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. So I will attempt to break down the required tests and certicates here.</p><p>In all there are 3 different categories of motorbike, based on the size of its engine - moped Car Diagnostic Tool
, learner motorbike and standard motorbike. Depending on your age and current licences it may be possible to start riding straight away.</p><p>Moped</p><p>The smallest of the 3 categories, a moped is defined as a bike with an engine size of 50cc or less, weighing under 250kg and being able to go no faster than around 30mph. If you have a full car driving licence that was received before February 2001 you can start riding mopeds straight away. Anyone else - aged 16 and over - will need to first pass their Compulsory Basic Training (which I will go into later), and have already passed their driving theory test.</p><p>Learner Motorbikes</p><p>Learner bikes are motorbikes or scooters with an engine size up to 125cc and a power output of 11kW. You must be at least 17 years of age, have a provisional motorcycle licence and have passed your CBT to be allowed to ride a 125cc motorbike.</p><p>Standard Motorbikes</p><p>The next stage for the learner biker is to move on to the full size motorbike. You will need to have first passed your CBT and theory tests and then you can move onto the full practical road test.</p><p>Once you have done all this you may still be limited in the size of bike you can ride. For example, if you are under 21 you will be restricted to bikes with a power of under 25kW and a power/weight ratio of no more than 0.16kW/kg (your instructor will be able to explain what this means in practice).</p><p>Compulsory Basic Training (CBT)</p><p>No matter what your age, any rider wanting to legally ride a bike larger than a moped will need to pass their CBT. The CBT consists of a series of theoretical and practical lessons, usually all done on the same day, taking you through the basics of stopping, starting, turning and generally all you need to know to get on the road safely. You will likely first have to try out the manoevres in a car park, before moving onto the roads where your instructor will be looking for you to demonstrate these skills and general road safety and awareness.</p><p>Once your CBT is completed, you will have two years to ride freely with 'L' plates, giving you plenty of time to prepare yourself for the full test.</p><p>Now this can be one of the riskiest times for learner motorbikers - many young riders will be tempted to ride around like they're in a race, which with little experience can be disastrous. The best riders should be constantly looking at how to improve their safety awareness. This can be anything from wearing the right clothing to looking for specific courses where you can get professional and expert training. Your instructor or examiner will no doubt be able to point you in the right direction.</p>Ricardo Webster writes more about compulsory basic training and other information for 125cc motorbikes enthusiasts at .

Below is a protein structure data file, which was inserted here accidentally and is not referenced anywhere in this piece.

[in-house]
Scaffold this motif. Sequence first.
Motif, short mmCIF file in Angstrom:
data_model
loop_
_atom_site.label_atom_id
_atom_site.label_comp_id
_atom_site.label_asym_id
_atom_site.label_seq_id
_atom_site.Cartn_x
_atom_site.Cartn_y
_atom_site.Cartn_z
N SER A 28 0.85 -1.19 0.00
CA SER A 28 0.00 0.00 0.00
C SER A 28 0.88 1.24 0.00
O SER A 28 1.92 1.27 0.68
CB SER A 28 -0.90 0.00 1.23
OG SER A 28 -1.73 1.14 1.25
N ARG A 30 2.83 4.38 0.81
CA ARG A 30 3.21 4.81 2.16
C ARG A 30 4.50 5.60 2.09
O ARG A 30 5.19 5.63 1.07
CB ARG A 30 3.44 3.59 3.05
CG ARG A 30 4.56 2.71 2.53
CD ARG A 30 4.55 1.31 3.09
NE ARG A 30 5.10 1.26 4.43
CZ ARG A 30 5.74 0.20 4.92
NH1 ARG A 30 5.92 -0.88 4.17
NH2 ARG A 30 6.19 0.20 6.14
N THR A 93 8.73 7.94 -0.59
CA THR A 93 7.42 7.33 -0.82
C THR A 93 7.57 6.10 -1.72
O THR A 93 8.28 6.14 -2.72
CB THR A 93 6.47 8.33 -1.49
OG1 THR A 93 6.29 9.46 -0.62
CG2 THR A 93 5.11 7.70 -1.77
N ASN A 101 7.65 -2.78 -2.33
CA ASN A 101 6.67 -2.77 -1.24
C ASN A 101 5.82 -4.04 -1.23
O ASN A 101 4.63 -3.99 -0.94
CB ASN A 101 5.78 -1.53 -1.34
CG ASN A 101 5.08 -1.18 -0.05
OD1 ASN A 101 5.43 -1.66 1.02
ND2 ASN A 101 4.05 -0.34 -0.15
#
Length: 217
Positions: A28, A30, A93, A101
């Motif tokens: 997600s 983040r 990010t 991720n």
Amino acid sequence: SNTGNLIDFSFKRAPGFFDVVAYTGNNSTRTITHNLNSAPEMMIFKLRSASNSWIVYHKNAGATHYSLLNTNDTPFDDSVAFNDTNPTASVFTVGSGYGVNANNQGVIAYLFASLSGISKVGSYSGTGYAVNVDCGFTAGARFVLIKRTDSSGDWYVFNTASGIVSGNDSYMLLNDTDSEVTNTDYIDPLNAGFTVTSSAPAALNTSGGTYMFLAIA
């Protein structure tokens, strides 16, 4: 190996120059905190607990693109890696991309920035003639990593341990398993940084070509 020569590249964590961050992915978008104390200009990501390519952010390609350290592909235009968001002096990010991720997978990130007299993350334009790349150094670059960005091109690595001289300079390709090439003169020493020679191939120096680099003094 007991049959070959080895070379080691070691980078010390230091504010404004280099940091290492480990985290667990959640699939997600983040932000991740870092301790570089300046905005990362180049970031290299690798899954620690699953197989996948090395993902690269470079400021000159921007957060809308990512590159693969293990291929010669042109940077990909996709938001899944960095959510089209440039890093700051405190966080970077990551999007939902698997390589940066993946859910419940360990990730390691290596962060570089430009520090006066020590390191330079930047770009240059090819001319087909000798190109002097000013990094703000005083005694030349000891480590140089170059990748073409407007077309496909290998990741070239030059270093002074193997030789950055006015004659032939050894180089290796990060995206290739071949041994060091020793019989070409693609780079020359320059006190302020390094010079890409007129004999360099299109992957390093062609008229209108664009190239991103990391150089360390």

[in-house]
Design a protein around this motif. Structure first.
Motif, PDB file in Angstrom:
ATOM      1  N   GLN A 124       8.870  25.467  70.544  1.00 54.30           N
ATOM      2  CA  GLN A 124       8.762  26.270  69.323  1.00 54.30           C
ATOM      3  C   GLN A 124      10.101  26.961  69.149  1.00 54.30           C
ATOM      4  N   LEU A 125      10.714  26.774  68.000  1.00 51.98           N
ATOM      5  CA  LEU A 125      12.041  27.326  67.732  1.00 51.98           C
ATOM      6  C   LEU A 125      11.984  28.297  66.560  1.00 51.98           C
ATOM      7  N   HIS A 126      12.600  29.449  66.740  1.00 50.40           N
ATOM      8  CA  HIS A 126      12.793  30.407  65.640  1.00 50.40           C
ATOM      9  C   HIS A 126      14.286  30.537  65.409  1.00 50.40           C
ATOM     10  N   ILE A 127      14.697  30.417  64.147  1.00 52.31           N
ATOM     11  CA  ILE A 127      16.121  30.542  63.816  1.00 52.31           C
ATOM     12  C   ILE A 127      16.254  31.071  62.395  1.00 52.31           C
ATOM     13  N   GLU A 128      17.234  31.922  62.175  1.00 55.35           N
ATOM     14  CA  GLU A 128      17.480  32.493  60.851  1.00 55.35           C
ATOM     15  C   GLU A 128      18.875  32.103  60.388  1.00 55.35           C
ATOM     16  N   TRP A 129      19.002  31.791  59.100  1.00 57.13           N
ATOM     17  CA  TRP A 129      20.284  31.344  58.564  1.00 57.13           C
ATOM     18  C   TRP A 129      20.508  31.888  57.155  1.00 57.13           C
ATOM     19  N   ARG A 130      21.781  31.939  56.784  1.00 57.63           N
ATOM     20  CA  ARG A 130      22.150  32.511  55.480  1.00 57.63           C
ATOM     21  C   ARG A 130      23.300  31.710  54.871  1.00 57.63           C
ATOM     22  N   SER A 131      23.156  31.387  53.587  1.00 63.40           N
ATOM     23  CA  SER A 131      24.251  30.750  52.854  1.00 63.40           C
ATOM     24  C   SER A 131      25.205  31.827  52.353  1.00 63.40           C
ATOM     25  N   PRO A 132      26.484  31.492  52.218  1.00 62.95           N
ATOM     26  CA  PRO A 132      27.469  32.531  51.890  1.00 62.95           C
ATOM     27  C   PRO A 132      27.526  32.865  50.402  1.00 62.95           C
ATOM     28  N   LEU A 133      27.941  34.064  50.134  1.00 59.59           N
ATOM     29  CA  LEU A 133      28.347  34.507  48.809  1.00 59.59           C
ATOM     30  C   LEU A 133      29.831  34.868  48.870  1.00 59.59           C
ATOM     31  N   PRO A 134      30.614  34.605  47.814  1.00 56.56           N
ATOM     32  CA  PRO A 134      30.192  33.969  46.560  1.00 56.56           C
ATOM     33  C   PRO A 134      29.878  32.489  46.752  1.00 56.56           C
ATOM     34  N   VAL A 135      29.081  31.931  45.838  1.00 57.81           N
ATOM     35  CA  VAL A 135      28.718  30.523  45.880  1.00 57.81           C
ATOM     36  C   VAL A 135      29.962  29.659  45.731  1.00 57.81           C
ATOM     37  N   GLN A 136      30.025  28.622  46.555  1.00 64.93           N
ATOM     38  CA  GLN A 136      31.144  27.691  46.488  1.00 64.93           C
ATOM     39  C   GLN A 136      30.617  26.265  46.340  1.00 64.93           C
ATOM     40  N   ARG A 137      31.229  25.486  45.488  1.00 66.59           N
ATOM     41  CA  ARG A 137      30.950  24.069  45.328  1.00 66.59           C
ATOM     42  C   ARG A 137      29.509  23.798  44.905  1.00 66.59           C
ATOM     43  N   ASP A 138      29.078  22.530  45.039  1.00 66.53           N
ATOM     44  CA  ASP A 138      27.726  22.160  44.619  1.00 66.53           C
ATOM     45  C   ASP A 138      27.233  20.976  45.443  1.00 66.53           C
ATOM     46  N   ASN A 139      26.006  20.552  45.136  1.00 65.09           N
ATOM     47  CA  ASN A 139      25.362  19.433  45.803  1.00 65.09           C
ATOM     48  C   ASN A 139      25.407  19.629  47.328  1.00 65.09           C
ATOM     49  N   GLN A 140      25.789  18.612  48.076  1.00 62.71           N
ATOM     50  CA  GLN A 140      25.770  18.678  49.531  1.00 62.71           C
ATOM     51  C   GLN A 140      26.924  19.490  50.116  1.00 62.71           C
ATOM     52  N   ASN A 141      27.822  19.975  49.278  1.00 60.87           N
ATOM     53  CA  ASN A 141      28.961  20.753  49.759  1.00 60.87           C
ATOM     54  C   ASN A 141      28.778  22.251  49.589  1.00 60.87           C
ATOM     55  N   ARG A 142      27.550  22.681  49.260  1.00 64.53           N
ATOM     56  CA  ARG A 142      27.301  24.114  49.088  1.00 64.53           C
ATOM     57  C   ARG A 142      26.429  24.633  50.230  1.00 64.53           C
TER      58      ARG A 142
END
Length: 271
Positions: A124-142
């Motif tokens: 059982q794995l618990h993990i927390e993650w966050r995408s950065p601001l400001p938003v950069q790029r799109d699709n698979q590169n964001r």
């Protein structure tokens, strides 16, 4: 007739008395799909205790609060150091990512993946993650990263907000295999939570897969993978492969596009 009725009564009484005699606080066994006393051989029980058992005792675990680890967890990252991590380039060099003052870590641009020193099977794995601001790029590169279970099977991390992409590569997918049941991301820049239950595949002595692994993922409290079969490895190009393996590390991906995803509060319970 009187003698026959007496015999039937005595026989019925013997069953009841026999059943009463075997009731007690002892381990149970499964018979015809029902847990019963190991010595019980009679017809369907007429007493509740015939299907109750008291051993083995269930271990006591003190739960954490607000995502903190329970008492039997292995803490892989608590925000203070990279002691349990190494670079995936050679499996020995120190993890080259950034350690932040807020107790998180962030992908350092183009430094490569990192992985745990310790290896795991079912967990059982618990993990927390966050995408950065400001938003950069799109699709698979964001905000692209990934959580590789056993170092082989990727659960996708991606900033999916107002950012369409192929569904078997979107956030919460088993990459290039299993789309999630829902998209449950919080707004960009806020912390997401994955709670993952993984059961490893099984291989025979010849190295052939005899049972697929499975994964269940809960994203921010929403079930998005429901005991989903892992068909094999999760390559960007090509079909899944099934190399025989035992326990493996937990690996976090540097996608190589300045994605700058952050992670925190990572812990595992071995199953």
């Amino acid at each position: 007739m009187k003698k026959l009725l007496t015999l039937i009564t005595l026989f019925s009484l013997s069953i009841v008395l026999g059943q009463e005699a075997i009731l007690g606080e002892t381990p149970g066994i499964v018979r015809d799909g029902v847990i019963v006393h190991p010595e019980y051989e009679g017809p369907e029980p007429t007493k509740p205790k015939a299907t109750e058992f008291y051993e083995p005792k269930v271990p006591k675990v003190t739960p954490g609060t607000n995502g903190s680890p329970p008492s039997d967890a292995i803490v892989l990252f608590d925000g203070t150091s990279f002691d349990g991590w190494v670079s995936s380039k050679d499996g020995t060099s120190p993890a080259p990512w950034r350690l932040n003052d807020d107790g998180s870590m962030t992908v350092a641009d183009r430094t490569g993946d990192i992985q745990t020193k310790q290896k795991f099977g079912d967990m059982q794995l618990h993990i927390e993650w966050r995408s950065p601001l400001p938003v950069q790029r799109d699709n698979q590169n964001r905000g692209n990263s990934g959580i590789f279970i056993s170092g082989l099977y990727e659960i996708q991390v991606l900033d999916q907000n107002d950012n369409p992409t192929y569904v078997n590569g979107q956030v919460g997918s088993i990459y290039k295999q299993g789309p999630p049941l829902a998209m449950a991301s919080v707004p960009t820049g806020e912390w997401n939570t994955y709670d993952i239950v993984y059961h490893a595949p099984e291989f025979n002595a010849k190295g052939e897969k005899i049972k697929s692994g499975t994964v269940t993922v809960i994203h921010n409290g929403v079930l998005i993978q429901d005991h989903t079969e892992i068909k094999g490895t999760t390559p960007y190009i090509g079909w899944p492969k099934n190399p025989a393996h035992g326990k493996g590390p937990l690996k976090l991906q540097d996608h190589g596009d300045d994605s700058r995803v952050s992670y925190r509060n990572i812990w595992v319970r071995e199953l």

<p>With all the frequent changes to motoring legislation and regulations, it may seem more difficult to figure out what you need to do to ride a motorbike in the UK than it is to actually pass the required tests